Having spent most of my life in Australia, Peeps are a strange and mysterious thing to me.
I had never seen these brightly colored, sugary marshmallows blobs until our first Easter in America four years ago. I couldn't bring myself to buy them for the kids back then (Easter is for chocolate eggs, not marshmallows!) or in subsequent years, but this year I finally gave in and decided to embrace this American Easter tradition. Well, kind of...
You see, I didn't buy Peeps for my kids to eat. I bought them to decorate with!
After seeing bunny shaped Peeps in the supermarket I thought they'd look cute strung up together as bunting. So I purchased a couple of packs and the girls and I spent the afternoon getting creative.
Now, having no experience with Peeps whatsoever, I was not quite prepared for just how sticky these little guys would be under their sugary outside. And oh boy, are they sticky! I'm not going to lie, making Peeps bunting is a little messy, but it's a delicious kind of messy! Everything that touched the gooey inside of the Peeps was covered in sticky marshmallow - especially the girls' fingers. The girls didn't mind having to lick their fingers after threading each Peep!
Here's a look at how we made our Peeps bunting...
What you'll need:
Bunny shaped Peeps
Thick thread (We used a medium beading thread I already had)
Tape or thumbtacks for hanging
Take the Peeps out of the packet and separate them.
Measure the door (or where ever you want the bunting to hang) and cut your thread a few inches longer. Thread the needle.
Take your first Peep and carefully insert the needle though the middle of the body. Pull it all the way through and carefully thread the Peep to the other end of the thread (leaving about 3 inches of thread at the end).
Repeat with the other Peeps until you are happy with how many you have on the thread. You can make the bunting as long or as short as you like and space the Peeps as you wish, but keep in mind that the more Peeps you use, the heavier the bunting will be. In fact, we probably used a few too many on ours and the Peeps kept flipping over when I hung them up. Keep reading for my solution!
As you can probably imagine, the needle and thread get pretty sticky during this process. A piece of wet paper towel comes in handy for wiping the needle and thread clean as you go. It also comes in handy for cleaning your hands, although if your're like my girls you'll probably prefer to just lick them clean!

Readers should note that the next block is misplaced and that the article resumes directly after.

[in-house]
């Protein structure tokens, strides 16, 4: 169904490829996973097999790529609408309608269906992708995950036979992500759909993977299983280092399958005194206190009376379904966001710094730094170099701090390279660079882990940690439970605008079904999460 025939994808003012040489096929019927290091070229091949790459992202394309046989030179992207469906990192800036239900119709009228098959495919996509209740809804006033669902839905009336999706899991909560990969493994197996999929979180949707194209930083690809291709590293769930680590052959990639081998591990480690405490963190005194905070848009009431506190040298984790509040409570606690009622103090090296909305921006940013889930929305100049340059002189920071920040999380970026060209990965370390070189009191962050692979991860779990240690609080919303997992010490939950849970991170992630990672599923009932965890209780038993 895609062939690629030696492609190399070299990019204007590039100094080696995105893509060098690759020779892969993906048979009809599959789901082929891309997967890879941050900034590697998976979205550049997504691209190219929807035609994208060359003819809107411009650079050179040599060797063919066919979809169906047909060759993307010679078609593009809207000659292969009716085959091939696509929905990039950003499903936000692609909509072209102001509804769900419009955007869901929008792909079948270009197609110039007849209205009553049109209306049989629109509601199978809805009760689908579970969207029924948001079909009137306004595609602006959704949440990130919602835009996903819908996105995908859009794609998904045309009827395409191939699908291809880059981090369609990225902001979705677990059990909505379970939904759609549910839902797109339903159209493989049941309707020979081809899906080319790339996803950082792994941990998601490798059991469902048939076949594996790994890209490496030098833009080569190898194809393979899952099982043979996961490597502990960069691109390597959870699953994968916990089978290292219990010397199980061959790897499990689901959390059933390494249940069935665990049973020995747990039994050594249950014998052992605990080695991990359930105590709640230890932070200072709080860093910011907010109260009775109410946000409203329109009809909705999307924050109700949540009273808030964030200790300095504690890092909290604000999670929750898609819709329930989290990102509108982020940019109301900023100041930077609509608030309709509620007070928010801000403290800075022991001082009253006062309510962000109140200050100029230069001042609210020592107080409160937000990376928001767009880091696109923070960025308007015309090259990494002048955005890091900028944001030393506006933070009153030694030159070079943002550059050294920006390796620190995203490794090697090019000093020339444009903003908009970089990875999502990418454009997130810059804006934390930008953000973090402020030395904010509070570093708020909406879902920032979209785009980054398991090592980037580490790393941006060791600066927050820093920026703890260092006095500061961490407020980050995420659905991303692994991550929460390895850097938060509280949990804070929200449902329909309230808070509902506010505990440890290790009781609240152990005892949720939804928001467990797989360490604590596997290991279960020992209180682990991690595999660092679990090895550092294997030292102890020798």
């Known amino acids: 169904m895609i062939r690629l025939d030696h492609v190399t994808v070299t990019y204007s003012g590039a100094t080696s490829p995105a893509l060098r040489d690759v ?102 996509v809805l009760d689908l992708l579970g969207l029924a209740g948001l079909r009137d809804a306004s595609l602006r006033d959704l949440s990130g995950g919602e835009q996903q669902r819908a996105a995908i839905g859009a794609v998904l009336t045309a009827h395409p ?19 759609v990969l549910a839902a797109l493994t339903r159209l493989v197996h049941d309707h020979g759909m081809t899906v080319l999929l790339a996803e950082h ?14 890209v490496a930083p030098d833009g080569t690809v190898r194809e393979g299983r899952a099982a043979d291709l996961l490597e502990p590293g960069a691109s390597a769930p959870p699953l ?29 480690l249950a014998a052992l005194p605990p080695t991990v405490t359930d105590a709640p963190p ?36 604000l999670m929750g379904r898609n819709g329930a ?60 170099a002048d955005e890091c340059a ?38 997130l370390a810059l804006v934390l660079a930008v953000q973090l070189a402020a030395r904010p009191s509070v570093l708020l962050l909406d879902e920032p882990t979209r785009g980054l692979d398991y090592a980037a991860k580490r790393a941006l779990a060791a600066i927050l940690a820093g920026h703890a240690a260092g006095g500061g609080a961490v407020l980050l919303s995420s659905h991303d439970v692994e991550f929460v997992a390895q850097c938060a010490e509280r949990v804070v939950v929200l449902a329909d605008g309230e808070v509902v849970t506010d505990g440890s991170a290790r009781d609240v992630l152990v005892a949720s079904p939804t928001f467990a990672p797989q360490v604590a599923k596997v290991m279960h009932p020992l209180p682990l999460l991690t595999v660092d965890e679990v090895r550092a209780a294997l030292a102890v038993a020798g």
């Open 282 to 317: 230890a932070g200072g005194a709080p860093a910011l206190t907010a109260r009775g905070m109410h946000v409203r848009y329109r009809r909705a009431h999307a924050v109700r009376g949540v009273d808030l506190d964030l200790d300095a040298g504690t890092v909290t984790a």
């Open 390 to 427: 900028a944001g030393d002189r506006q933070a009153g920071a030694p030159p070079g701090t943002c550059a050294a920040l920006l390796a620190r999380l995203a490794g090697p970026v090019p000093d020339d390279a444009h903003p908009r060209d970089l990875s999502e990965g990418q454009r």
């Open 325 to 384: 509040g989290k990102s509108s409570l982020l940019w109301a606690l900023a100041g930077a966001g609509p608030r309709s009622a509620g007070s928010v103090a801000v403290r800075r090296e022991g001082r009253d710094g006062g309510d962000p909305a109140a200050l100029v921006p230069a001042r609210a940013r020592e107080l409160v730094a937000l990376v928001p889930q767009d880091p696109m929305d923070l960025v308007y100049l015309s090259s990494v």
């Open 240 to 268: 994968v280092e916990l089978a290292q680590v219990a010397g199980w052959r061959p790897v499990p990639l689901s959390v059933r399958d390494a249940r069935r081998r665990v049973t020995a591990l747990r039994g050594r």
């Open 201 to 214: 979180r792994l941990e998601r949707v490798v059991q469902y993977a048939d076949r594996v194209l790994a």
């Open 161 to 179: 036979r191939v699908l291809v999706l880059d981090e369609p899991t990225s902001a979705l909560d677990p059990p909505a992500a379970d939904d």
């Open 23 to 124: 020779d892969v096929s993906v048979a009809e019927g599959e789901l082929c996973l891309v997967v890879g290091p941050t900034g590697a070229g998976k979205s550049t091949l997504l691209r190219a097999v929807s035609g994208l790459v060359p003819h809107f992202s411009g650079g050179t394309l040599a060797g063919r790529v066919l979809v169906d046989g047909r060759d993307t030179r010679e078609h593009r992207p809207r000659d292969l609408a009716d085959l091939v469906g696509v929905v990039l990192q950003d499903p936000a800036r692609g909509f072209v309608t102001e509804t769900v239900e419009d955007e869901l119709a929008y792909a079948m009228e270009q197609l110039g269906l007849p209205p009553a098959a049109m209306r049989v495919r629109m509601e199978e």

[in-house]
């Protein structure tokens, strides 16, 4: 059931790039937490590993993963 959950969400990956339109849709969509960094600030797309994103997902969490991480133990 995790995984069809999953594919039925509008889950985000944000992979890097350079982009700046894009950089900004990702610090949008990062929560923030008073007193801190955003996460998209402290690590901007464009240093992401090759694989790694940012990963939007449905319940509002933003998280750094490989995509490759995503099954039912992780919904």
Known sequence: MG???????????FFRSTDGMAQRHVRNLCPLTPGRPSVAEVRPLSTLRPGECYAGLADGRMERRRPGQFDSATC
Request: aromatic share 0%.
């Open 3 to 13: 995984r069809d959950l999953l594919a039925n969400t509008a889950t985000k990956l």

Once the bunting is done, it's time to hang it. This is where it can get a little tricky. I must admit, it took me a while to get our Peeps bunting hanging well on our front door, but I got there in the end. And you guys won't have to make the same mistakes as me because I have a solution.
I hung the bunting on our door with tape. I tried a few different tapes but found that regular scotch tape works pretty well. I covered it with silver washi tape afterwards to make it look a little nicer. If you were to hang the bunting on a wall, or if you have a wooden door (ours is metal), thumb tacks would work well.
When I hung the bunting up, every single one of the bunnies flipped over as they were top heavy. Oops! I hadn't thought of that. I tried sticking each one down with various tapes and Bluetack, but nothing would hold them for very long. Then it came to me. The tops of the Peeps needed threading as well. So with the Peeps bunting in place, I took another length of thread and my needle and threaded the bunnies together through the ears. Voila! Upright bunnies! Now, in hindsight, it may have been better to just thread the bunnies through their heads or ears instead of their bellies in the first place, but I feel they're a little more secure with two strands of thread holding them.
Now, our front door is orange and the light in the hallway outside our apartment is not working so it's not the best place for taking photos - hence the photos above of the bunting hanging on a white wall. I wanted to show you what the bunting looks like in place though so here it is.
When I threaded the bunnies' ears, they had been hanging for a few hours and were quite a bit drier than when first taken out of the pack. This made them much easier (and less messy) to work with. Before starting the bunting, I would suggest leaving the separated Peeps to dry out a little. This will mean less gooey marshmallow guts on your needle, thread and fingers. My kids would probably consider this a bad thing!